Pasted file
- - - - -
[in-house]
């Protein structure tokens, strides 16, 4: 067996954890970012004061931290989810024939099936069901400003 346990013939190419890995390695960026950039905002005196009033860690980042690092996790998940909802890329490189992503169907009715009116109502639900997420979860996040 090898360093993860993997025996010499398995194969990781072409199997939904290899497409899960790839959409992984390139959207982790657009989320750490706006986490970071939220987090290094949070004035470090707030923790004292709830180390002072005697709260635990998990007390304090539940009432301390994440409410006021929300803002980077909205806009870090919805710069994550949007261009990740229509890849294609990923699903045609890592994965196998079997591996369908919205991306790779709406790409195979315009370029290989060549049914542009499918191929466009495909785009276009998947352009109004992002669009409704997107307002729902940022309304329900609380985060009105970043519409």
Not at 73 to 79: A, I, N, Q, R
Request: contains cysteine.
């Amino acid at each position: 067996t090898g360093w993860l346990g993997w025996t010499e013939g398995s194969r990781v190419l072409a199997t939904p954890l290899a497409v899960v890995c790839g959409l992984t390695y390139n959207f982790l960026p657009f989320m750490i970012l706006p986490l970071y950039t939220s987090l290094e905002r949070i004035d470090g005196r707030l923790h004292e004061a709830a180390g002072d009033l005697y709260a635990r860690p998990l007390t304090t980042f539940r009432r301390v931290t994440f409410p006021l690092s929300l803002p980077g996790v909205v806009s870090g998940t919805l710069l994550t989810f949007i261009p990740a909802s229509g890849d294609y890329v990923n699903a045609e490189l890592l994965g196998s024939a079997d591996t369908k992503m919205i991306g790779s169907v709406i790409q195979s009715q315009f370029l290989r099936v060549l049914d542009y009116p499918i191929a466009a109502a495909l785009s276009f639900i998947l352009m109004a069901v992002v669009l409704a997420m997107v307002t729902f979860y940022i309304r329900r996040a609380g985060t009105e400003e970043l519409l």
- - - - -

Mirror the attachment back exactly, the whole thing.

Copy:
[in-house]
């Protein structure tokens, strides 16, 4: 067996954890970012004061931290989810024939099936069901400003 346990013939190419890995390695960026950039905002005196009033860690980042690092996790998940909802890329490189992503169907009715009116109502639900997420979860996040 090898360093993860993997025996010499398995194969990781072409199997939904290899497409899960790839959409992984390139959207982790657009989320750490706006986490970071939220987090290094949070004035470090707030923790004292709830180390002072005697709260635990998990007390304090539940009432301390994440409410006021929300803002980077909205806009870090919805710069994550949007261009990740229509890849294609990923699903045609890592994965196998079997591996369908919205991306790779709406790409195979315009370029290989060549049914542009499918191929466009495909785009276009998947352009109004992002669009409704997107307002729902940022309304329900609380985060009105970043519409």
Not at 73 to 79: A, I, N, Q, R
Request: contains cysteine.
């Amino acid at each position: 067996t090898g360093w993860l346990g993997w025996t010499e013939g398995s194969r990781v190419l072409a199997t939904p954890l290899a497409v899960v890995c790839g959409l992984t390695y390139n959207f982790l960026p657009f989320m750490i970012l706006p986490l970071y950039t939220s987090l290094e905002r949070i004035d470090g005196r707030l923790h004292e004061a709830a180390g002072d009033l005697y709260a635990r860690p998990l007390t304090t980042f539940r009432r301390v931290t994440f409410p006021l690092s929300l803002p980077g996790v909205v806009s870090g998940t919805l710069l994550t989810f949007i261009p990740a909802s229509g890849d294609y890329v990923n699903a045609e490189l890592l994965g196998s024939a079997d591996t369908k992503m919205i991306g790779s169907v709406i790409q195979s009715q315009f370029l290989r099936v060549l049914d542009y009116p499918i191929a466009a109502a495909l785009s276009f639900i998947l352009m109004a069901v992002v669009l409704a997420m997107v307002t729902f979860y940022i309304r329900r996040a609380g985060t009105e400003e970043l519409l």